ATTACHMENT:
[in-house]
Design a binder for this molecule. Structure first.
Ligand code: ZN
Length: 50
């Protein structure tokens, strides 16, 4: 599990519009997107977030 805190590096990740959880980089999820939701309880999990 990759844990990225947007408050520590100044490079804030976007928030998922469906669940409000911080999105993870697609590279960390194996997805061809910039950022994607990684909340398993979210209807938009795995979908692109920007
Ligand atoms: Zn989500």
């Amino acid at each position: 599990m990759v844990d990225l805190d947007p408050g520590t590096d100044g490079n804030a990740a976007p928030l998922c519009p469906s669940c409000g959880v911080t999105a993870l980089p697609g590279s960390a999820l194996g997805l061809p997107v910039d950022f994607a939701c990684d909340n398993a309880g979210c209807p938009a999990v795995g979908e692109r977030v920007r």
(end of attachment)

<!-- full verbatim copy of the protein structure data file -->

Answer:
[in-house]
Design a binder for this molecule. Structure first.
Ligand code: ZN
Length: 50
């Protein structure tokens, strides 16, 4: 599990519009997107977030 805190590096990740959880980089999820939701309880999990 990759844990990225947007408050520590100044490079804030976007928030998922469906669940409000911080999105993870697609590279960390194996997805061809910039950022994607990684909340398993979210209807938009795995979908692109920007
Ligand atoms: Zn989500």
């Amino acid at each position: 599990m990759v844990d990225l805190d947007p408050g520590t590096d100044g490079n804030a990740a976007p928030l998922c519009p469906s669940c409000g959880v911080t999105a993870l980089p697609g590279s960390a999820l194996g997805l061809p997107v910039d950022f994607a939701c990684d909340n398993a309880g979210c209807p938009a999990v795995g979908e692109r977030v920007r």